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Found 12 results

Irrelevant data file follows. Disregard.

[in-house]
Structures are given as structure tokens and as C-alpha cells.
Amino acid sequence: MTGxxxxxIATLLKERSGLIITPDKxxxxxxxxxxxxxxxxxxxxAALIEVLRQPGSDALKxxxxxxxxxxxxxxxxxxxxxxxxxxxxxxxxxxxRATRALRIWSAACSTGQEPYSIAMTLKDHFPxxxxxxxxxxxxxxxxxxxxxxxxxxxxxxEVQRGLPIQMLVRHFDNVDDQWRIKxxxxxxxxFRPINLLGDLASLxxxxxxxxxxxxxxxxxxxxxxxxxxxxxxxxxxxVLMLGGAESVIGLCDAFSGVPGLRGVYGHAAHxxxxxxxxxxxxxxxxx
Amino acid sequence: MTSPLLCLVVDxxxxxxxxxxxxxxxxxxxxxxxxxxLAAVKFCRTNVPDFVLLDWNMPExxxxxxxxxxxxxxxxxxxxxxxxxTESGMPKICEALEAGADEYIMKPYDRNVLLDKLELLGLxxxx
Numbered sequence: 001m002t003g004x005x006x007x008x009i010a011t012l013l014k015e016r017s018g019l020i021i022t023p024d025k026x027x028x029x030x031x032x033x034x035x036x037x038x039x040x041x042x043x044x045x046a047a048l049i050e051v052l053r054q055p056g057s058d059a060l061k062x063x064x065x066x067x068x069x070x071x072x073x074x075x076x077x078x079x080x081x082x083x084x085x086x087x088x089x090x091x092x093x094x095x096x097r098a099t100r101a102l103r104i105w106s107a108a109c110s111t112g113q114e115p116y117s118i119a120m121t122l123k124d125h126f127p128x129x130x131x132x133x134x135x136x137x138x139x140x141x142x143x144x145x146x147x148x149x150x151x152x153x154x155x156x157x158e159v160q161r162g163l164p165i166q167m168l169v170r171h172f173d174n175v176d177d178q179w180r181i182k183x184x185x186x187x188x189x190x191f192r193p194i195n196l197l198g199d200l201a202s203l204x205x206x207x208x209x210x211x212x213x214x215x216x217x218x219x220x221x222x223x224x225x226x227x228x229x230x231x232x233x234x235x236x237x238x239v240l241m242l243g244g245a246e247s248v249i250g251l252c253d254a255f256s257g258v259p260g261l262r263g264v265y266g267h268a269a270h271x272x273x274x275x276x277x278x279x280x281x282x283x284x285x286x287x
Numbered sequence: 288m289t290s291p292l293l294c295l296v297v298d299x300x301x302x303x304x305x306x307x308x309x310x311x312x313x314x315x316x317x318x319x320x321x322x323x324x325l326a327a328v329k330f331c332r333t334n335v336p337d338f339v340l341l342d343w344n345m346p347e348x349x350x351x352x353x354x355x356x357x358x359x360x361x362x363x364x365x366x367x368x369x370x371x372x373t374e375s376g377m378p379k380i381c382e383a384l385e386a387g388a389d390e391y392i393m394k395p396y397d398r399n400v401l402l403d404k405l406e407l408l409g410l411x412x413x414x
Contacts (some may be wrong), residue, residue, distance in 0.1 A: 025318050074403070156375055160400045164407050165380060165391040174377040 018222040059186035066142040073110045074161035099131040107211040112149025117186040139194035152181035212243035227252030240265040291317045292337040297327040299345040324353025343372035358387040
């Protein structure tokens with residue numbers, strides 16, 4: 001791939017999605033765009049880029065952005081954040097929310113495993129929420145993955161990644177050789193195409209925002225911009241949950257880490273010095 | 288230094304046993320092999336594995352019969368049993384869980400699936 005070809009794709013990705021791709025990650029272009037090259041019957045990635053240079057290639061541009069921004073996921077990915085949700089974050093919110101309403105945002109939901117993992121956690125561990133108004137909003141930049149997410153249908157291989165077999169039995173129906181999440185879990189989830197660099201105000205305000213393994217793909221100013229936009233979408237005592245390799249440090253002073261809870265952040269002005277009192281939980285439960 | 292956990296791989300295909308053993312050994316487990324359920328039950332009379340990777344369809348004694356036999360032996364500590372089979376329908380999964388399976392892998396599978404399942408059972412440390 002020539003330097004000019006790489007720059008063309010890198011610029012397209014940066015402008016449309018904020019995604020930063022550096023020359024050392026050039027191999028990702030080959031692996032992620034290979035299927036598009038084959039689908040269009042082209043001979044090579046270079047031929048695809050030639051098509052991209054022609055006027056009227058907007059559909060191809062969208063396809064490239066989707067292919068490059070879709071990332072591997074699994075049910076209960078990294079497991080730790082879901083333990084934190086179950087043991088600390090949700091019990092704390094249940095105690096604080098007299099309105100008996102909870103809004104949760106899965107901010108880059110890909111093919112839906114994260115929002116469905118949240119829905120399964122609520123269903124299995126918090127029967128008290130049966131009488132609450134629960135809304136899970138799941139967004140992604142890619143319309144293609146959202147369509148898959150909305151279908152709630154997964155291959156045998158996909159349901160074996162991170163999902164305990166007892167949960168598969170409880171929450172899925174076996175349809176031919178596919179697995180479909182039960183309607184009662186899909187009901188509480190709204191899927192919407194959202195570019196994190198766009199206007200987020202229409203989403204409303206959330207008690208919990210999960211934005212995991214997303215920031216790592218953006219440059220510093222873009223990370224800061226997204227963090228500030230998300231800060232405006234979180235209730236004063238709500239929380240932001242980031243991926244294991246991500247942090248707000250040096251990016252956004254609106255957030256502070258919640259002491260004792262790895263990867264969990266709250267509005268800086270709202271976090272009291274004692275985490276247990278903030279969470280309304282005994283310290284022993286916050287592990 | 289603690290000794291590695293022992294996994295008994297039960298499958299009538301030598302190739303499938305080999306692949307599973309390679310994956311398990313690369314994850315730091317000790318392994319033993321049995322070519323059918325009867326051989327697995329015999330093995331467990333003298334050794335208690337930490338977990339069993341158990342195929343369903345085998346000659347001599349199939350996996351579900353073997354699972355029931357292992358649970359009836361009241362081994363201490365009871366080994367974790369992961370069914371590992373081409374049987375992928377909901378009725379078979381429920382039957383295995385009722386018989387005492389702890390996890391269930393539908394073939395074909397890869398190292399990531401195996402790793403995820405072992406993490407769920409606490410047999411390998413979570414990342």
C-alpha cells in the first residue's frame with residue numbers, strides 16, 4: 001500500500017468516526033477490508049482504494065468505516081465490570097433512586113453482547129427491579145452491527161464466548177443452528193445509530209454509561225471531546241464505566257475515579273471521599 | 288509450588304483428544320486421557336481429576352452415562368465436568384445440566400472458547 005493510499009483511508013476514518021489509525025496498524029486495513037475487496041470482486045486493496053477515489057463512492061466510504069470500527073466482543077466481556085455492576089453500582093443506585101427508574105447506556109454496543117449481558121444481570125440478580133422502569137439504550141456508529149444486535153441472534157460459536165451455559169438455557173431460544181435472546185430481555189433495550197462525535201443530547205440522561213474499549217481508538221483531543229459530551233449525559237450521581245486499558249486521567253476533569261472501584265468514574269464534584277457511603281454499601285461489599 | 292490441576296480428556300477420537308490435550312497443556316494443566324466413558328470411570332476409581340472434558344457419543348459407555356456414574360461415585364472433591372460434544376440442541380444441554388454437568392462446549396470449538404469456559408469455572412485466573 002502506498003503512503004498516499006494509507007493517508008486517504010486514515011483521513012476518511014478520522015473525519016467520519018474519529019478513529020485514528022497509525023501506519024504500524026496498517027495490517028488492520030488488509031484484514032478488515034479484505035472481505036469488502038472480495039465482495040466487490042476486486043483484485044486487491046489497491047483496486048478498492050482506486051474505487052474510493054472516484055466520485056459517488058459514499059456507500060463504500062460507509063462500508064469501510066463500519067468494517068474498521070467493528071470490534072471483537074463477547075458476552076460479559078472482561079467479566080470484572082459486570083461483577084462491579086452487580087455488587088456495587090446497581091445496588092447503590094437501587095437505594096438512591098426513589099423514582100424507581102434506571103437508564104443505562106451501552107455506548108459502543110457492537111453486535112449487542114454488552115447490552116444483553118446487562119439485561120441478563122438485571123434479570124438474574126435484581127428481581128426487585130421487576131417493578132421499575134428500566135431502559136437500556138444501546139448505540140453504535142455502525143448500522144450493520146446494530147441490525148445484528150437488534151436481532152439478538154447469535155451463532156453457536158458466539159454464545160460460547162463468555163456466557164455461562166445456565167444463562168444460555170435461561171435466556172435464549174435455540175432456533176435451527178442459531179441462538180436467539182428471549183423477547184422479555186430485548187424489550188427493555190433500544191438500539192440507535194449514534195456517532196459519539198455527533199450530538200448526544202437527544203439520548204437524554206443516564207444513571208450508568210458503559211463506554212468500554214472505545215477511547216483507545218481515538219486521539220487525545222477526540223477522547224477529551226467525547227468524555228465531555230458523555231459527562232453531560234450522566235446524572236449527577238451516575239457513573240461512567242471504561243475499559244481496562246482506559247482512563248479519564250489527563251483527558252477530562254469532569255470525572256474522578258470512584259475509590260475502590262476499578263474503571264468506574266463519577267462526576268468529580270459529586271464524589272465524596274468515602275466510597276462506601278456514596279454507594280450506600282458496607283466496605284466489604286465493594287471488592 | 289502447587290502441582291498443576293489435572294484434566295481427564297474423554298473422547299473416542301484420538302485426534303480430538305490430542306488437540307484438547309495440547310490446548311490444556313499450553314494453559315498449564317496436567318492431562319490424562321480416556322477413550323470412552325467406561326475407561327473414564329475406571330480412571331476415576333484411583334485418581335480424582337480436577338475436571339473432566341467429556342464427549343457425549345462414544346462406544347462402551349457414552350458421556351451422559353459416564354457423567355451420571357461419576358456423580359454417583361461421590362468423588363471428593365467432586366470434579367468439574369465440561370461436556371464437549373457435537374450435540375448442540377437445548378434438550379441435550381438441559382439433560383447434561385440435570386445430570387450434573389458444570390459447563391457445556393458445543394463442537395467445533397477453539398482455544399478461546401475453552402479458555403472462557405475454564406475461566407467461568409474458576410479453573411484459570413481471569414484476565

1. Hi everyone, I've been barreling bourbon for a little over a year now in 15 gallon barrels. My oldest barrels are about 13 months. I have a few questions about knowing when they've reached their peak quality and should be removed. 1) How long do people typically age product in 15 gal barrels to get the HIGHEST quality bourbon. If time was not a factor. I'm in the northeast US, we get all 4 seasons and have big seasonal temp swings. I realize this question can vary depending on a lot of different factors. Just a ballpark range would be helpful. 2) How would you describe the taste when it gets too oaky? Is the oak bitter? Acidic? Any obvious tasting notes? 3) I've noticed in my 5L barrel it will get worse, better, then really bad (I was afraid it was too oaky but let it ride) then REALLY good. Is it the same with larger barrels? If it starts to taste bitter or a barrel from a month earlier tastes more pleasant should i just empty the barrel? Or let it ride and move on to the next phase? Winter is taking hold here, so the aging process may more or less halt until spring since our rick-house is not insulated. Cheers!